PANAMA CITY, Fla. — Authorities battling the massive oil spill off the Gulf Coast planned to ignite part of the slick on Wednesday, the second such burn since oil started spewing into the water two weeks ago.
The effort to remove oil from the surface cames as oil giant BP said it had stopped one of three leaks at the deep-water well.
Overnight, BP installed a valve to the end of the broken drill pipe. Although it is not reducing the amount of oil flowing from BP's sunken rig, it will allow the company to focus efforts on attacking the two remaining leaks, said Coast Guard Petty Officer David Mosley.
"This is definitely a step toward the shut off or containment of the leak,'' Mosley said.
A large underwater box -- called a coffer dam -- was also en route to the site of the wrecked rig. Workers plan to place the box over one of the two remaining leaks.
While BP works to stop the leaks, calm waters Wednesday allowed authorities to continue their work with skimmers and chemical dispersants. There was also the controlled burn -- where workers surround large patches of oil with hundreds of feet of boom and ignite it.
Meanwhile, volunteers are still descending on the Gulf Coast region to help with expected cleanup operations.
The calm winds and mild seas that kept the 2-week-old oil spill relatively intact could push the slick toward the Florida Panhandle on Thursday.
Authorities have gotten unconfirmed reports of oil coming to the shoreline in a few spots in Mississippi and Louisiana.
"We have rapid response teams ready to deploy,'' Coast Guard Petty Officer Connie Terrell said from a joint information center. "So far we've not actually seen the oil on the shore.''
One unconfirmed report came from the Chandeleur Islands off the Louisiana coast. Journalists flying over the area on Monday reported patches of oil visible within the islands. Small patches of what appeared to be rust-colored oil also were spotted in the channel between Cat Island and Ship Island, 11 miles south of Gulfport, Miss.
A reporter who visited the barrier islands south of Gulfport reported that they appeared relatively unscathed Wednesday. Oil mixed with dispersant covered the water about 33 miles off Gulfport, where two fishermen carried a reporter on a trip to investgate the spill's impact.
The material looked like a flourescent orange highway winding along a portion of the islands' west side near the southern tip. Samples scooped up from the water beaded into very small, clear gelatinous droplets on one of the men's hand.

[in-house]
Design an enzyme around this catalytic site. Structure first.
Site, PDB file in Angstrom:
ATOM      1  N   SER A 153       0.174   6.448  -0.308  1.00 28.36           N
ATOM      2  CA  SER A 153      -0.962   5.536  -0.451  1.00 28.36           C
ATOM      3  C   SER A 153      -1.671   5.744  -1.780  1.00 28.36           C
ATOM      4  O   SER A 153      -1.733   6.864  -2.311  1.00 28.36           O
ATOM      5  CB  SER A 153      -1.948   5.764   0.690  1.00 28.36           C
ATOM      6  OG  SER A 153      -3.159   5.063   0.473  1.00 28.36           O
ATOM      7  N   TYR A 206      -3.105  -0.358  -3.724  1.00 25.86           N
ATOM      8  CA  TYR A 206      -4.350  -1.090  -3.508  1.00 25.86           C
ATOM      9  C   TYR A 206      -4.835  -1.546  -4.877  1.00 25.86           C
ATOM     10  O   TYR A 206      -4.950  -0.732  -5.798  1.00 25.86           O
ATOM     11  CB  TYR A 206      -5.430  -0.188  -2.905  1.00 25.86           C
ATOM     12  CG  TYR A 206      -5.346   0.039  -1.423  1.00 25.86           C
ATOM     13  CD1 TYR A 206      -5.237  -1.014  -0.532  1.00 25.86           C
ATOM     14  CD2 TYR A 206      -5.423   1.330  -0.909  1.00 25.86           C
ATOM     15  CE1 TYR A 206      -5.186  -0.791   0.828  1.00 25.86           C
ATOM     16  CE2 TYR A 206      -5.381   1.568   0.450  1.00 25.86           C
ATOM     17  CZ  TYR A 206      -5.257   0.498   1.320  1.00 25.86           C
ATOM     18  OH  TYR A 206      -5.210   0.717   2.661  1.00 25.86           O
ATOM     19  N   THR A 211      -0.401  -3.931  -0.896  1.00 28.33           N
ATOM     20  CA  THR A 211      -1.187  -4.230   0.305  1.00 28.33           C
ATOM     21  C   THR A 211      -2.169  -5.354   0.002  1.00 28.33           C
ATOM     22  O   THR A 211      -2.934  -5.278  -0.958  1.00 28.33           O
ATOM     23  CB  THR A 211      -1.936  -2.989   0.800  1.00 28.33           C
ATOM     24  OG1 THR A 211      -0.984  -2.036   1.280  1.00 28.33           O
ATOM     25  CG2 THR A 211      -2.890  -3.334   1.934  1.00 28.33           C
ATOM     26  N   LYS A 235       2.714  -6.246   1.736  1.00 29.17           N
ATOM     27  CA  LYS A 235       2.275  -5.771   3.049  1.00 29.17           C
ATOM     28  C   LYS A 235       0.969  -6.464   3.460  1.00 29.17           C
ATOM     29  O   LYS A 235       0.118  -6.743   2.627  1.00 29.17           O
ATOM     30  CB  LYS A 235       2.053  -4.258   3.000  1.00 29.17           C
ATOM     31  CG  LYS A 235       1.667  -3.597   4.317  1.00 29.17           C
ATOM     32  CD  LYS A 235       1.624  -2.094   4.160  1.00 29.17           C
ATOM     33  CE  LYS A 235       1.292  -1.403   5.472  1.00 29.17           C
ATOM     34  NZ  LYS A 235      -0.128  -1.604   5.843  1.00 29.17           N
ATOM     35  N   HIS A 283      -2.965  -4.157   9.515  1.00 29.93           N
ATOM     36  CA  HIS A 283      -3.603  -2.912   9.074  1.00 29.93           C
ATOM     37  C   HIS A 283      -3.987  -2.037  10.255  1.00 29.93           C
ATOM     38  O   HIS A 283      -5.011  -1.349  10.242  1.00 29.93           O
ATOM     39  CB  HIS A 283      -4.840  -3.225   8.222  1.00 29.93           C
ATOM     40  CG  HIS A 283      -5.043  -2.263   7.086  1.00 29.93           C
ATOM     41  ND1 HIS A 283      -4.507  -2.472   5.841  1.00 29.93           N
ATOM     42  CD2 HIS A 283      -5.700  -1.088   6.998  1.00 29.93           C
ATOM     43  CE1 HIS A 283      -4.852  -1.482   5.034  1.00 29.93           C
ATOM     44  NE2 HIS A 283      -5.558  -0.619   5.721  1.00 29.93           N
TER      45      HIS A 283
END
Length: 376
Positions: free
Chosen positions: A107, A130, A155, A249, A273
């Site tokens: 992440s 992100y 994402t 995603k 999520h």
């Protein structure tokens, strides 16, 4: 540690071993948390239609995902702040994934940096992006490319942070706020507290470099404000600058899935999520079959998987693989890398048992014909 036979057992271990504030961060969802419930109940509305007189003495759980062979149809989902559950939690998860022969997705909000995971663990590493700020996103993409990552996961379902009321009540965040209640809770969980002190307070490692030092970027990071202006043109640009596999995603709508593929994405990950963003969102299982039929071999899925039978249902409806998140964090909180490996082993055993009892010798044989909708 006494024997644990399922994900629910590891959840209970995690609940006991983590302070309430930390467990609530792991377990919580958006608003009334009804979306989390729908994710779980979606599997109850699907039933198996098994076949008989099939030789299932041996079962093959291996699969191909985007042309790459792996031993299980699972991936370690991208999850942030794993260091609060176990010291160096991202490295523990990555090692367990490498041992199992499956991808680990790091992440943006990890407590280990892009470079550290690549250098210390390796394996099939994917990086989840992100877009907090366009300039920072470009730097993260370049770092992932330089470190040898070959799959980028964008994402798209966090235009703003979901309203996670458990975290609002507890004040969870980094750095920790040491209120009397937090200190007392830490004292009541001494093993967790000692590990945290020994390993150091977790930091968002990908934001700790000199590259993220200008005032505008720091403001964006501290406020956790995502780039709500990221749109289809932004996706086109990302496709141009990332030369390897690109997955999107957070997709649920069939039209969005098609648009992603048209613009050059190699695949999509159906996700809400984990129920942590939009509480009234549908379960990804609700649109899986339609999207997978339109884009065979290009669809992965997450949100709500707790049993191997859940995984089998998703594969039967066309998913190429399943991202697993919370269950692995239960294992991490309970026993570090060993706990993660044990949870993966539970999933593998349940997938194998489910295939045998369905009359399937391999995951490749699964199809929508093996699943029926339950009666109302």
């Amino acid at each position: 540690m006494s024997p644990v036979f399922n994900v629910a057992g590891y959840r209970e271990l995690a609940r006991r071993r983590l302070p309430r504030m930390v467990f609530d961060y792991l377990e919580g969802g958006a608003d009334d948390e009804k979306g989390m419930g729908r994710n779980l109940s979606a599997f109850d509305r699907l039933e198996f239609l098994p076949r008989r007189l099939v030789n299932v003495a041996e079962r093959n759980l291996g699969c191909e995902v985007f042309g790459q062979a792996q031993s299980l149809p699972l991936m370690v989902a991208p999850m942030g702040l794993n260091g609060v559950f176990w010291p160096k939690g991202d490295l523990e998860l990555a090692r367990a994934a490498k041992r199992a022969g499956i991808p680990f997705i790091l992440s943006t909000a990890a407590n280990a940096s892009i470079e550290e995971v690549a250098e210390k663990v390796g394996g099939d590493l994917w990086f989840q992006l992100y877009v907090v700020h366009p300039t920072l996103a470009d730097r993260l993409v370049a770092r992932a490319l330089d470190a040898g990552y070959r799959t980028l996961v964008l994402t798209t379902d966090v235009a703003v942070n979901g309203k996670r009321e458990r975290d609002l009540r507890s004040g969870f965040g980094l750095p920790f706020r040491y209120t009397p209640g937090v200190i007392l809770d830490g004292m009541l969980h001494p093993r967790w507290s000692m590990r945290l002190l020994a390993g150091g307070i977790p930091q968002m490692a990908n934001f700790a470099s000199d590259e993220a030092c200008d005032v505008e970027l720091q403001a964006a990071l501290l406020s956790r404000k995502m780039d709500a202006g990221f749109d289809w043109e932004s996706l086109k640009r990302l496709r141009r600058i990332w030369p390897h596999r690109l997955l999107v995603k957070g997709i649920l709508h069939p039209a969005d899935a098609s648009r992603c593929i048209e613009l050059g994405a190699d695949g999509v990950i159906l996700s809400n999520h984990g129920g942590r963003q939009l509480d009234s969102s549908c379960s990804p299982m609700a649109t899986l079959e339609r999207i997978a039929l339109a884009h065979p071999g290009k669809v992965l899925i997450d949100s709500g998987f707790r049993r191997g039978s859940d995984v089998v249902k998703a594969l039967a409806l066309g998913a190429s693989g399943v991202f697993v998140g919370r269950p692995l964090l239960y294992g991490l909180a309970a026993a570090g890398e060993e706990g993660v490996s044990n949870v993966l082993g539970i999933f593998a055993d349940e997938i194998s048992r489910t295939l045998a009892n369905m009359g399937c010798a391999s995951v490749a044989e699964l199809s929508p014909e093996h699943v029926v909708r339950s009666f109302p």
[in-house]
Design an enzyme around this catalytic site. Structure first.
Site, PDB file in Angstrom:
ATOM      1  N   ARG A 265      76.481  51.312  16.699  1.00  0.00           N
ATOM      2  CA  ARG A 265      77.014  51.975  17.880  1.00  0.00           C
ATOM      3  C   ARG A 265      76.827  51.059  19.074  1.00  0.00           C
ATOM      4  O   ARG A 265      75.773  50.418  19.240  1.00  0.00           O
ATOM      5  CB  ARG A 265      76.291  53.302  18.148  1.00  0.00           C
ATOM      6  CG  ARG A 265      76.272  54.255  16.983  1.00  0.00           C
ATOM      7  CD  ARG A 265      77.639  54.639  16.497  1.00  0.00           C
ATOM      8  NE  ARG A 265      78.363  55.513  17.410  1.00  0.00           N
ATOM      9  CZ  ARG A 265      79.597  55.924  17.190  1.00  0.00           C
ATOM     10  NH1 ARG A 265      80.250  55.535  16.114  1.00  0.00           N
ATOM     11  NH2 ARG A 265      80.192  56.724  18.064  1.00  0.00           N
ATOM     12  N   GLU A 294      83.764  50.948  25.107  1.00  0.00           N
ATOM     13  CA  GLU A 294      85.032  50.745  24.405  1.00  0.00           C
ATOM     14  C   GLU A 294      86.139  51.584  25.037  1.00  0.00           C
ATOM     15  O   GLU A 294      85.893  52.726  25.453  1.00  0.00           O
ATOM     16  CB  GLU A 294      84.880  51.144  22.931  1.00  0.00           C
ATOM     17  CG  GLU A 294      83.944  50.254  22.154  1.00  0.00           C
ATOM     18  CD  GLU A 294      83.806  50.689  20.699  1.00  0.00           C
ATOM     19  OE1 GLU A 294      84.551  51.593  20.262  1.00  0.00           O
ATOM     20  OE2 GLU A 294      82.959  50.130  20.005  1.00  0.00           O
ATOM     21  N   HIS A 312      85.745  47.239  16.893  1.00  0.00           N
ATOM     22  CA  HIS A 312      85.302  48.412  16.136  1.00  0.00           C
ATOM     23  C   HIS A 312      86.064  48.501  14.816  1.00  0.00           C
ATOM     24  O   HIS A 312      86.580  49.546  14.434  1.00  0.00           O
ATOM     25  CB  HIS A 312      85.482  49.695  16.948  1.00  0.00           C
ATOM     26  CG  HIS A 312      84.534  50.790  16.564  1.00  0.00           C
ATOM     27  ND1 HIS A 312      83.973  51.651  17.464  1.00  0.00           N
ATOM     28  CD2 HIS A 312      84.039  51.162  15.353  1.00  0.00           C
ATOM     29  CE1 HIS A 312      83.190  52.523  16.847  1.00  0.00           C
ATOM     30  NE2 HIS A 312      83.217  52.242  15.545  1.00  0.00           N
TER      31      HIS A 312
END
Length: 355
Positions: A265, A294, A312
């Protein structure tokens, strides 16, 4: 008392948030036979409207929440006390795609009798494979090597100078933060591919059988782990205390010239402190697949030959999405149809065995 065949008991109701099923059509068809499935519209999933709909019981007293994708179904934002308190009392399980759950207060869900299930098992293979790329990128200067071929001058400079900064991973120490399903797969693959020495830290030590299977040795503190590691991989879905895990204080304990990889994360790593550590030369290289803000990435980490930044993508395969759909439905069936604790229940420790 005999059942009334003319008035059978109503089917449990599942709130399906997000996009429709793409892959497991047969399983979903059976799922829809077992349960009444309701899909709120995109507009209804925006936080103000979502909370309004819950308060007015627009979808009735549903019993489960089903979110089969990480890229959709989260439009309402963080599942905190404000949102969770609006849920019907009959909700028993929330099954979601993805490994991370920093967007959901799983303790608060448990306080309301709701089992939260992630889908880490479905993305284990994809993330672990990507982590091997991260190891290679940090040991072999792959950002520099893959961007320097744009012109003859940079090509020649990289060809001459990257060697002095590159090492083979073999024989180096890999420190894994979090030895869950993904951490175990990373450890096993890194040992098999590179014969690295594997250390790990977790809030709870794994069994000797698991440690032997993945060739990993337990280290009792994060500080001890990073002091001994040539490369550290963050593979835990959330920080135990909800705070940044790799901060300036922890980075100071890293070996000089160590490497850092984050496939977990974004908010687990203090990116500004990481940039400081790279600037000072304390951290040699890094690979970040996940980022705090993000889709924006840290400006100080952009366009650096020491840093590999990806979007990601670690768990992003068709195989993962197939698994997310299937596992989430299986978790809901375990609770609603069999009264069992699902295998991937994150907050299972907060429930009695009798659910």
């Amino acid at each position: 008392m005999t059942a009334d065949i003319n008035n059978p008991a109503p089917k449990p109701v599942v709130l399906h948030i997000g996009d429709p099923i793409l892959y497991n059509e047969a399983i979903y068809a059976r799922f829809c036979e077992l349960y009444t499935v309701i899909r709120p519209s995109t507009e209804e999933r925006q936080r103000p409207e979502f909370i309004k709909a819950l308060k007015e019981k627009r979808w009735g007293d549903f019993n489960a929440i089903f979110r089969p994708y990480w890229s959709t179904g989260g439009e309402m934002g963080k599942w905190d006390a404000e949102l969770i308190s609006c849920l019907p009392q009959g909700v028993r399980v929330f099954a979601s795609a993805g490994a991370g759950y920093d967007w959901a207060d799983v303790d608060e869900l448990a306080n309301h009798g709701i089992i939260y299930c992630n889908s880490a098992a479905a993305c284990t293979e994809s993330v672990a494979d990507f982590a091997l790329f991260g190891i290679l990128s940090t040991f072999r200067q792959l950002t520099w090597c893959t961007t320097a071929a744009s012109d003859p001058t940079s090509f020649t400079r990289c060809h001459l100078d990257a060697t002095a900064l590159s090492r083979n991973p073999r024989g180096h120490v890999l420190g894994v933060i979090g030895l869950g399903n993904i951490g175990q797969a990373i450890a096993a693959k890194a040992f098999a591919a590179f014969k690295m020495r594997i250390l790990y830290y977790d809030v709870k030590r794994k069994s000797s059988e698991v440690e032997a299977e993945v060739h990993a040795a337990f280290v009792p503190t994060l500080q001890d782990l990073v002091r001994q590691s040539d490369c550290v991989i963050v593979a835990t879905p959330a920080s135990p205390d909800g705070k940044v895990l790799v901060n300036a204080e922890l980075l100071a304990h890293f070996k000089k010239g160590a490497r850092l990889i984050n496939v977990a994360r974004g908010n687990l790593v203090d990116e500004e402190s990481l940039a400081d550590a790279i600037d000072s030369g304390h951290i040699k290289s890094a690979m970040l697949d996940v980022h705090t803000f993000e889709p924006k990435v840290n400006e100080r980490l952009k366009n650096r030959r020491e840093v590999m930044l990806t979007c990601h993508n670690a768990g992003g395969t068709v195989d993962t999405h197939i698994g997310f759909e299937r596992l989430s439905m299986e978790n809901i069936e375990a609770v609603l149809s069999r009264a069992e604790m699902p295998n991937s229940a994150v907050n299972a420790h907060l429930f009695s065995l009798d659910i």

Thin brown partched of oil could be found within the fluorescent stream, but island marshes and sand appeared clean. Pelicans nested behind booms placed around one spit of marsh.
Seas were flat, the sky sunny. "Im relieved," said one the men, Bill Seeman. I have to say, there appears to be little permanent damage, which is encouraging.
Weather models suggested that the bulk of the slick won't make landfall before the end of the week, officials said.
``Let me phrase it this way,'' Alabama Gov. Bob Riley said after flying over the slick Tuesday. ``It is a great thing that we have a few more days to make sure we get all of the booms and barricades in place.''
In Washington, Pentagon officials have authorized the use of National Guard troops to assist. As many as 6,000 in Louisiana can be mobilized; 3,000 in Alabama; 2,500 in Florida and 6,000 in Mississippi.
Meanwhile, British Petroleum kept working 5,000 feet beneath the sea to stop the well's hemorrhage of an estimated 210,000 gallons a day.
BP said work had begun on a relief well to intercept the leaking well about 13,000 feet below the seabed and permanently seal it. However, the process could take three months, the company said.
BP Group Chief Executive Tony Hayward said the company was betting on the underwater box to cover one of the leaks and allow the oil to be pumped safely to the surface.
Asked about the outlook for that operation on Tuesday, Hayward said, ``No one can answer that with any finality.'' The operation has never been attempted in 5,000 feet of water, he said in Washington. ``This is all firsts.''
Amid growing criticism of BP's response to the spill, which began when the well exploded on April 20, setting off an enormous fire that sank the Deepwater Horizon drilling rig two days later, BP also announced that it would award four $25 million block grants to Mississippi, Florida, Alabama and Louisiana to help pay for the clean up.
``That will just be the tip of the iceberg if they can't cap that well,'' said Florida emergency management chief Dave Halstead.
Along parts of the coastline potentially endangered by the oil spill, some emergency managers were taking their own approaches.
In Walton County, emergency managers had devised a plan to load barges with hay, and shoot the hay into the water before oil reaches any of the county's 26-miles of beach.
"Everything has dealt with cleaning up once it's on the beach,'' said Sheriff Michael A. Adkinson, in charge of the county's emergency response. "That's an unacceptable solution for us. Tourism is the economic engine for our area.''
In Washington, Senate Majority Leader Harry Reid gave the growing effort to raise oil company liability limits dramatically an important boost Wednesday, saying, "I would support that.''
Some Democrats are pushing a plan that would increase the liability cap, now $75 million, to $10 billion. After a Tuesday briefing by administration officials on the spill, many lawmakers were skeptical about how much BP would pay for the costs of the cleanup.
(Recio reported from Washington, Lee of the Sun Herald in Biloxi, Miss., from Gulfport, and Miami Herald reporters Goodman and Lebovich reported from Pensacola and Miami, respectively.) Contributing to this report were Lesley Clark in Washington, Audra Burch in Panama City, Fla., Kevin Yamamura of the Sacramento Bee in Sacramento, and Miami Herald reporters Jim Wyss in Miami and Mary Ellen Klas in Tallahassee.)